Does a painless death harm an animal? Is it wrong to painlessly kill an animal?
These questions go to heart of the ethics of meat eating and humane slaughter, yet they have been largely absent in most of the commentary about exporting Australian cows to Indonesian abattoirs.
Many people believe that if a cow, sheep, pig or chicken leads a good life then so long as death is “swift and merciful” there is no ethical issue. But is this view really defensible?
This is an important question. If simply inflicting a painless death on an animal is wrong, then killing in any form of animal agriculture will most likely be wrong as well.
Community concern for animal suffering or cruelty is based upon a concern for the animals themselves. In other words, the experience the animals go through is the major reason for thinking suffering is bad and cruelty is wrong.
(We can therefore leave aside the rival view that says that animal suffering is an evil and cruelty is wrong because of what it says about human character or because such actions may lead to humans mistreating each other.)
Let’s assume then that the harm of suffering, and opposition to cruelty, is based upon a concern for the individual that is harmed. What does this say about the ethics of painless killing?
Surprisingly, a great deal.
The bad thing about suffering is not simply how it feels on the inside. It is also that it interferes with something that is otherwise valuable.
We would not take an Aspirin unless there was something to be said for a pain-free world. A world free of pain is a better world for us than a world in which we have a headache. It is not as if when we take a pain killer we do so because we are just “anti-pain”.
Similarly, when we oppose animal suffering or cruelty we are not simply registering an idiosyncratic or in principle “anti-suffering” or “anti-cruelty” predilection. Instead, suffering and cruelty are bad because they are a blight upon something that is worth not being blighted; namely, the life of the sufferer.
But, if the life that suffering impacts upon is worth being pain free, then it must be valuable for its own sake.
How can it be then that painlessly taking animal life is of little ethical consequence when we acknowledge that it is a good thing for animals’ lives to be as far as possible pain-free?
Even if we think that human life is more important than animal life and there is no sense in which we can equate the value of human and animal lives, our opposition to animal suffering points to animals having lives of significant value.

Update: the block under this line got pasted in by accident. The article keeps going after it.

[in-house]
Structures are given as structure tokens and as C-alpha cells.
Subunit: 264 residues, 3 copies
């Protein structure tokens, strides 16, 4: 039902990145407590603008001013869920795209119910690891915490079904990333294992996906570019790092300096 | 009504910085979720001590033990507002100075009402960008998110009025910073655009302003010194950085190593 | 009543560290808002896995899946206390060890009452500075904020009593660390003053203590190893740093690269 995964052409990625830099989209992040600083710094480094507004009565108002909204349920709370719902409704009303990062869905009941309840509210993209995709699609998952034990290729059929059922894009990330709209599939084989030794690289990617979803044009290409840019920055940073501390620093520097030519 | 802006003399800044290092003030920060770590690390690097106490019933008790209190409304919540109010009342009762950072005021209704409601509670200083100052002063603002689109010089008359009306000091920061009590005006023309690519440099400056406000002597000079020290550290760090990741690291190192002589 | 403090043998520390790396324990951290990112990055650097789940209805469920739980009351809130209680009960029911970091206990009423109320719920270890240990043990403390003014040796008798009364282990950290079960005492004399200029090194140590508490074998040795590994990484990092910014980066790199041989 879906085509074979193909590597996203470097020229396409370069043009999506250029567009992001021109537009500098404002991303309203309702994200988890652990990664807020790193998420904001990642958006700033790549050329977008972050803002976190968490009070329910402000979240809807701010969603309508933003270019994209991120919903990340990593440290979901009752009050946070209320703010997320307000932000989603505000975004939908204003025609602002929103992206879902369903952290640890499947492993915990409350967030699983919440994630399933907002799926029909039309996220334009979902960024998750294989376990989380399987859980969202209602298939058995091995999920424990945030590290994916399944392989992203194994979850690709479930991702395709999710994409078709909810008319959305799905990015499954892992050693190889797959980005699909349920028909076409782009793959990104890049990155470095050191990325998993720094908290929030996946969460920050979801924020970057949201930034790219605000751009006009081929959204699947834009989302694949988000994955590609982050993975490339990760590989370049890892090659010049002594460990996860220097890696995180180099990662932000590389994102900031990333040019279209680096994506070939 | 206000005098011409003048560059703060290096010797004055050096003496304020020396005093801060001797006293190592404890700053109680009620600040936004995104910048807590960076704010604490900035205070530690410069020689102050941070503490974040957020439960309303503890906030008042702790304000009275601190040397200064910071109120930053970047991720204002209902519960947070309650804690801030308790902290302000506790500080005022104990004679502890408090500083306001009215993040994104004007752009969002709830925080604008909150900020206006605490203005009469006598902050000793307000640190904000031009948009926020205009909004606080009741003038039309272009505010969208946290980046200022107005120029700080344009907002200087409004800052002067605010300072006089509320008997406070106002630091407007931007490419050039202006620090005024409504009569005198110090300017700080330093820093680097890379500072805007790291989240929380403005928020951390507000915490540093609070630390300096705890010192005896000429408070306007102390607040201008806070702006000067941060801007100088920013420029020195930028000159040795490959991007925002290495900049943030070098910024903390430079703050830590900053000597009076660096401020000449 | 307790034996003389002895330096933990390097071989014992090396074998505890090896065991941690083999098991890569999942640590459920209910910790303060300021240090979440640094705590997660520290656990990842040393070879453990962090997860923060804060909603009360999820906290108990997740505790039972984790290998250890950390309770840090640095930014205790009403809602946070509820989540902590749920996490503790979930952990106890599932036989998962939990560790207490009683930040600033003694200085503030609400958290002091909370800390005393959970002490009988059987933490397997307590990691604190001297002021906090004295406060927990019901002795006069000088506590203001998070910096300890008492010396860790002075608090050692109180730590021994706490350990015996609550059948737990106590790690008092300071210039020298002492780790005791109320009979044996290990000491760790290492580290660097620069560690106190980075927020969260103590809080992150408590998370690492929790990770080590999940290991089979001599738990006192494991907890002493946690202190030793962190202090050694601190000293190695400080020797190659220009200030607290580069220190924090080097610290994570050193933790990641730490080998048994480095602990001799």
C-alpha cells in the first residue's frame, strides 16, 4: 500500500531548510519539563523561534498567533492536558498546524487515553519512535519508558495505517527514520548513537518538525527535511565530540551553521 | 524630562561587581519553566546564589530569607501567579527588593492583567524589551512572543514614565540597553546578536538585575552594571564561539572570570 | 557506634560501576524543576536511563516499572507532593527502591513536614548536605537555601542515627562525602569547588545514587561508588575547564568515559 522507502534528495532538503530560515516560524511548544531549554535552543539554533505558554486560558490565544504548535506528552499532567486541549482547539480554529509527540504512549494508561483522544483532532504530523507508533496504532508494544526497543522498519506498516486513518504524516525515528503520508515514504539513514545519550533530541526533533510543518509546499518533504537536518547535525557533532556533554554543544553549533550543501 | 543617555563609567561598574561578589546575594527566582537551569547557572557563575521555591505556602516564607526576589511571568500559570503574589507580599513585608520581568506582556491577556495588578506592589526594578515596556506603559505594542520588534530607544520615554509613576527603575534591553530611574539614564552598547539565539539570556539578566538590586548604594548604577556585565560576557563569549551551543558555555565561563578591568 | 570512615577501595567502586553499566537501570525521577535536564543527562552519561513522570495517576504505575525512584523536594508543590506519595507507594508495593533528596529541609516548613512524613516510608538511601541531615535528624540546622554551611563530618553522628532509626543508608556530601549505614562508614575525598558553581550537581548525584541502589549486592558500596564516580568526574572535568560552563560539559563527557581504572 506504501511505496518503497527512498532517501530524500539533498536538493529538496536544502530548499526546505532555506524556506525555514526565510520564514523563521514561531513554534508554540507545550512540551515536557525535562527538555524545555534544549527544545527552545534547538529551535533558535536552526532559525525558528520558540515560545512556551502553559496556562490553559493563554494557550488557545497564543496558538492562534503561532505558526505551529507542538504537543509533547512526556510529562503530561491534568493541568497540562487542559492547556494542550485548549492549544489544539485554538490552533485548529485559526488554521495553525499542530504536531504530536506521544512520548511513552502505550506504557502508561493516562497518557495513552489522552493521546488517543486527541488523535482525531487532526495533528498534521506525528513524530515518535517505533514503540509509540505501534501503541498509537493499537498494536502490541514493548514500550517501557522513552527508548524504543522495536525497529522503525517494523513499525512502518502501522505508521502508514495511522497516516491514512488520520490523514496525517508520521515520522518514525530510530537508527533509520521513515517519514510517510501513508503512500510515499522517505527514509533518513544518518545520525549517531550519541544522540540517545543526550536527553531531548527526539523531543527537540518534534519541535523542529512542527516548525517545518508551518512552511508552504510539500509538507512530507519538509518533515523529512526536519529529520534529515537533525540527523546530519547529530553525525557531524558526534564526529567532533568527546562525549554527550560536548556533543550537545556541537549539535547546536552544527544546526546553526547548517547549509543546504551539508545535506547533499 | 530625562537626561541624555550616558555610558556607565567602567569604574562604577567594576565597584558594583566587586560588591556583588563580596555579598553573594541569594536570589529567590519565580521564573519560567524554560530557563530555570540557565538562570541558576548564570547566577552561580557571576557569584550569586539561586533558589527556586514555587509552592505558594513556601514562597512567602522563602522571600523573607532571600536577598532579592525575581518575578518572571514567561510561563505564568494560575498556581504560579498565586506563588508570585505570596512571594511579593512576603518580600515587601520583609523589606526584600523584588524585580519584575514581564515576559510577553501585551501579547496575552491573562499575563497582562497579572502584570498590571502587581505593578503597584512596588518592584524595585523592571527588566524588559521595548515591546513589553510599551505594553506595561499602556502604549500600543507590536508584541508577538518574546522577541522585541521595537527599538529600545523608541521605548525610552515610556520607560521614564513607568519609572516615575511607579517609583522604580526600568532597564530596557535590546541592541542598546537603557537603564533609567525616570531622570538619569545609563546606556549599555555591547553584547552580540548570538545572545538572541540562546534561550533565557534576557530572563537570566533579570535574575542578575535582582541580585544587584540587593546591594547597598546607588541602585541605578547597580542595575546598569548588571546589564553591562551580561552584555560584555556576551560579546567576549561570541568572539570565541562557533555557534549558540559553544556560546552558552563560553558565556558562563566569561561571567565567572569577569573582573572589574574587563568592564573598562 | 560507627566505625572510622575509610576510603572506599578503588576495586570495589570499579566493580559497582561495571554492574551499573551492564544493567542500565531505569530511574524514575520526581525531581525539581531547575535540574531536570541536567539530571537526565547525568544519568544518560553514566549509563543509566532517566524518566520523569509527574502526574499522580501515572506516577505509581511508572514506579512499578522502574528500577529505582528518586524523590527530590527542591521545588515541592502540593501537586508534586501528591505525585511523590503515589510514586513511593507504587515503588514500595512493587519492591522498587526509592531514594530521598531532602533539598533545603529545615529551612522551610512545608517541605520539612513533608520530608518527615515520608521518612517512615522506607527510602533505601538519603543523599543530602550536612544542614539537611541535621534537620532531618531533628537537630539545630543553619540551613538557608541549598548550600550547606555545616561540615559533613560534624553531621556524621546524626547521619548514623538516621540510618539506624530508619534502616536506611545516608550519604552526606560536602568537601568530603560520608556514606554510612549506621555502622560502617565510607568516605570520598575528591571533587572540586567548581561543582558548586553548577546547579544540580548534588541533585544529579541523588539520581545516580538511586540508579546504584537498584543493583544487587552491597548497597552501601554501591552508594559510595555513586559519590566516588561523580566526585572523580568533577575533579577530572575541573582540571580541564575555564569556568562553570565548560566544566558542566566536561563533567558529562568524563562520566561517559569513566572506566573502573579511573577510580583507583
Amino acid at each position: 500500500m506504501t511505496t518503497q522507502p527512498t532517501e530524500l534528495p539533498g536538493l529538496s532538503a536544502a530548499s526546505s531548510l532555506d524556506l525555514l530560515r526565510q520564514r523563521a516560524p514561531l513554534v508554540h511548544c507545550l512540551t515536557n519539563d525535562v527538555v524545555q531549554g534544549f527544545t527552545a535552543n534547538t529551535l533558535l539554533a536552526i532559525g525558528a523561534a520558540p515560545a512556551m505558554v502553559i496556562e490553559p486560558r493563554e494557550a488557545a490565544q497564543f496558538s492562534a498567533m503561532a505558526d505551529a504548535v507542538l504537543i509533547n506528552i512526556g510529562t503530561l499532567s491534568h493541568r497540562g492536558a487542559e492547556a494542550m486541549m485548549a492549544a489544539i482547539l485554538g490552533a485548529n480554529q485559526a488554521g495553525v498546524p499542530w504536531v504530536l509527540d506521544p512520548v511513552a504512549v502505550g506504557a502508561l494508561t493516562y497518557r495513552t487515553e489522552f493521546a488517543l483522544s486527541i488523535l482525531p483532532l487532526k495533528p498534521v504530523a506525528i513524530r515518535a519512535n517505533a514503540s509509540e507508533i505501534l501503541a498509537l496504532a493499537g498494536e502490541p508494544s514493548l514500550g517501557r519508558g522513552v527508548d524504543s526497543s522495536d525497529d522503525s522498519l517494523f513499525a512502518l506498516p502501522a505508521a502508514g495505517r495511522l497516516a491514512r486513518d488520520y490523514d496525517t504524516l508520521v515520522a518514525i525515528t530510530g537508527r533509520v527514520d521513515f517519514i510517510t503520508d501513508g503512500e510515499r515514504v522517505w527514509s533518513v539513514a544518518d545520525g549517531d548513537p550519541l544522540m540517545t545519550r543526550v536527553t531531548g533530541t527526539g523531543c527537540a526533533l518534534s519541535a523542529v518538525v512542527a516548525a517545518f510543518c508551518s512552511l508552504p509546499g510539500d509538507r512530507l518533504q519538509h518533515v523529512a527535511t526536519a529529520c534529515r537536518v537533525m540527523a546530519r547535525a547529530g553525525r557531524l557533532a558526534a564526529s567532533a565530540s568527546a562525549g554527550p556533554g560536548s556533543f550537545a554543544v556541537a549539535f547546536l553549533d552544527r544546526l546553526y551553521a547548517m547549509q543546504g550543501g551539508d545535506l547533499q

The multi-billion dollar question of course is: how valuable exactly are animal lives?
At this point is it tempting for people who cannot imagine life without meat to implausibly discount the value of animal lives. But the problem for people whose diet necessitates killing animals is there isn’t all that much room to move.
If human life is the most valuable kind of life and the lives of, say, insects the least valuable, then the lives of psychologically sophisticated animals like mammals and birds are going to be located on the “valuable lives” spectrum somewhere in between the two extremes. And given the extraordinary value we place on human life, even a location around the middle of the spectrum is going to mean that animals’ lives are quite valuable.
At the very least, you would think a reasonable assessment is that we should err on the side of caution and refrain from killing animals unless it was absolutely necessary.
And we know that, for the vast majority of meat eaters who reside in urban areas, with so many comparably priced and reasonably tasty non-meat options available, there is just no need to eat meat. Unless of course when we talk about “need” or what’s “necessary” we follow representatives of animal user industries and talk with our lawyers’ tongues.
So, painlessly killing an animal kills something that our ordinary everyday opposition to animal suffering and cruelty points to as quite valuable.
Is there anything else to be said about why painlessly killing an animal might be wrong?
Most cognitive ethologists and philosophers agree that animals have no concept of the future and cannot imagine themselves existing into the future. This lack of psychological sophistication, most ethicists contend, means that painlessly killing animals does them no harm and therefore painless killing does not raise much of an ethical quandary.
However, the same experts who agree that animals lack a desire to go on living accept that infants, at least until they are about 10 months old, also lack these desires. Yet, presumably, none of us would want to suggest that, based upon its impact upon the infant itself, there is nothing wrong with painlessly killing an infant.
But, if painlessly killing a human infant would be wrong, then it must also be wrong to painlessly kill an animal that has comparable psychological capacities to an infant.
Comparisons across species are inexact. But we know enough about animal psychological capacities to conclude, as Darwin did 150 years ago, that the differences between human and animal mental lives are differences of degree not kind.
We need to seriously recalibrate our relations with the natural world and live as philosopher Dale Jamieson once put it: “one species among many rather than one species over many”. At this time, double standards are difficult to sustain.
What follows from all this for the ethics of meat eating?
The fact that there might be less pain associated with “humane” killing as opposed to the kind of slaughter we saw on Four Corners, might mean that the former is a better ethical bet than the latter.
But, being better than something that is obviously bad won’t justify farming practices that involve killing animals.